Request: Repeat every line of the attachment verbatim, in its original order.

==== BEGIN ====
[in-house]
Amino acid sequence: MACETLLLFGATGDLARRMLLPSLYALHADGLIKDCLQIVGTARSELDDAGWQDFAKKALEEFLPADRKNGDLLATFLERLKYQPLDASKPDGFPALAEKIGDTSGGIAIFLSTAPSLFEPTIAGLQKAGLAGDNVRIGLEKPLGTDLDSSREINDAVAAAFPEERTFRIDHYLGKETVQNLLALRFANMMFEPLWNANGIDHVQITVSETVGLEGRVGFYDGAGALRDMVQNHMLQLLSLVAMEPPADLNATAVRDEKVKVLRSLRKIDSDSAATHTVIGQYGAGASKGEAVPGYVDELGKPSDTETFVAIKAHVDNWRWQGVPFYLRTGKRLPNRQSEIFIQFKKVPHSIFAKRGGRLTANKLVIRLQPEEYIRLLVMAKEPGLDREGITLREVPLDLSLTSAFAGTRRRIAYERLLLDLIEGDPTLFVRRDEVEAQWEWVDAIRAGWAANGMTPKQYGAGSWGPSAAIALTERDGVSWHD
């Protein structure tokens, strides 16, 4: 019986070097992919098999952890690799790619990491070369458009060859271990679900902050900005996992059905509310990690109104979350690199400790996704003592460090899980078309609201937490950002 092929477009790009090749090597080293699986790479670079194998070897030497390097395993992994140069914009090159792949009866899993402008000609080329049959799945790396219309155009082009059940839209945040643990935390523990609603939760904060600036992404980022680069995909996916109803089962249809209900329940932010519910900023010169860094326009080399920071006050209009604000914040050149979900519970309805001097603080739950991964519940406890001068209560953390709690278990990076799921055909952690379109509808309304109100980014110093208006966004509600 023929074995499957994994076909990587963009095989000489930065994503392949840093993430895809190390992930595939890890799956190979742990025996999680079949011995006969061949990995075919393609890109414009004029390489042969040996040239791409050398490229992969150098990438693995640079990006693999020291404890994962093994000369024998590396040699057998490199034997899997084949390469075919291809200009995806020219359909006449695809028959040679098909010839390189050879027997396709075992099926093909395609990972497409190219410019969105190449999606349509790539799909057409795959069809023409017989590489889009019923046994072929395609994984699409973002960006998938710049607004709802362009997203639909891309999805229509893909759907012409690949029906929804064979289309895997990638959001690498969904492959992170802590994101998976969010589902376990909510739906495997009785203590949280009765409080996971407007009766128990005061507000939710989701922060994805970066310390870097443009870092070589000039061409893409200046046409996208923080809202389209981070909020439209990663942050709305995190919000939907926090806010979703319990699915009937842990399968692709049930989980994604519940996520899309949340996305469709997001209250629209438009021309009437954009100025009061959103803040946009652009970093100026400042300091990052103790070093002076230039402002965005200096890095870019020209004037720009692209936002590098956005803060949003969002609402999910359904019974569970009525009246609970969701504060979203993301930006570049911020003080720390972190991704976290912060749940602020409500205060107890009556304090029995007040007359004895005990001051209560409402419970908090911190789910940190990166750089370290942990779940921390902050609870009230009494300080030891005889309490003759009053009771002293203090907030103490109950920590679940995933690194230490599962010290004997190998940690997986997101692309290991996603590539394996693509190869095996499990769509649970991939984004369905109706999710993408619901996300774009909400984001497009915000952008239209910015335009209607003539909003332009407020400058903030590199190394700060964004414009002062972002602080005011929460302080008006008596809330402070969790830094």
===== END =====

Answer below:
[in-house]
Amino acid sequence: MACETLLLFGATGDLARRMLLPSLYALHADGLIKDCLQIVGTARSELDDAGWQDFAKKALEEFLPADRKNGDLLATFLERLKYQPLDASKPDGFPALAEKIGDTSGGIAIFLSTAPSLFEPTIAGLQKAGLAGDNVRIGLEKPLGTDLDSSREINDAVAAAFPEERTFRIDHYLGKETVQNLLALRFANMMFEPLWNANGIDHVQITVSETVGLEGRVGFYDGAGALRDMVQNHMLQLLSLVAMEPPADLNATAVRDEKVKVLRSLRKIDSDSAATHTVIGQYGAGASKGEAVPGYVDELGKPSDTETFVAIKAHVDNWRWQGVPFYLRTGKRLPNRQSEIFIQFKKVPHSIFAKRGGRLTANKLVIRLQPEEYIRLLVMAKEPGLDREGITLREVPLDLSLTSAFAGTRRRIAYERLLLDLIEGDPTLFVRRDEVEAQWEWVDAIRAGWAANGMTPKQYGAGSWGPSAAIALTERDGVSWHD
């Protein structure tokens, strides 16, 4: 019986070097992919098999952890690799790619990491070369458009060859271990679900902050900005996992059905509310990690109104979350690199400790996704003592460090899980078309609201937490950002 092929477009790009090749090597080293699986790479670079194998070897030497390097395993992994140069914009090159792949009866899993402008000609080329049959799945790396219309155009082009059940839209945040643990935390523990609603939760904060600036992404980022680069995909996916109803089962249809209900329940932010519910900023010169860094326009080399920071006050209009604000914040050149979900519970309805001097603080739950991964519940406890001068209560953390709690278990990076799921055909952690379109509808309304109100980014110093208006966004509600 023929074995499957994994076909990587963009095989000489930065994503392949840093993430895809190390992930595939890890799956190979742990025996999680079949011995006969061949990995075919393609890109414009004029390489042969040996040239791409050398490229992969150098990438693995640079990006693999020291404890994962093994000369024998590396040699057998490199034997899997084949390469075919291809200009995806020219359909006449695809028959040679098909010839390189050879027997396709075992099926093909395609990972497409190219410019969105190449999606349509790539799909057409795959069809023409017989590489889009019923046994072929395609994984699409973002960006998938710049607004709802362009997203639909891309999805229509893909759907012409690949029906929804064979289309895997990638959001690498969904492959992170802590994101998976969010589902376990909510739906495997009785203590949280009765409080996971407007009766128990005061507000939710989701922060994805970066310390870097443009870092070589000039061409893409200046046409996208923080809202389209981070909020439209990663942050709305995190919000939907926090806010979703319990699915009937842990399968692709049930989980994604519940996520899309949340996305469709997001209250629209438009021309009437954009100025009061959103803040946009652009970093100026400042300091990052103790070093002076230039402002965005200096890095870019020209004037720009692209936002590098956005803060949003969002609402999910359904019974569970009525009246609970969701504060979203993301930006570049911020003080720390972190991704976290912060749940602020409500205060107890009556304090029995007040007359004895005990001051209560409402419970908090911190789910940190990166750089370290942990779940921390902050609870009230009494300080030891005889309490003759009053009771002293203090907030103490109950920590679940995933690194230490599962010290004997190998940690997986997101692309290991996603590539394996693509190869095996499990769509649970991939984004369905109706999710993408619901996300774009909400984001497009915000952008239209910015335009209607003539909003332009407020400058903030590199190394700060964004414009002062972002602080005011929460302080008006008596809330402070969790830094």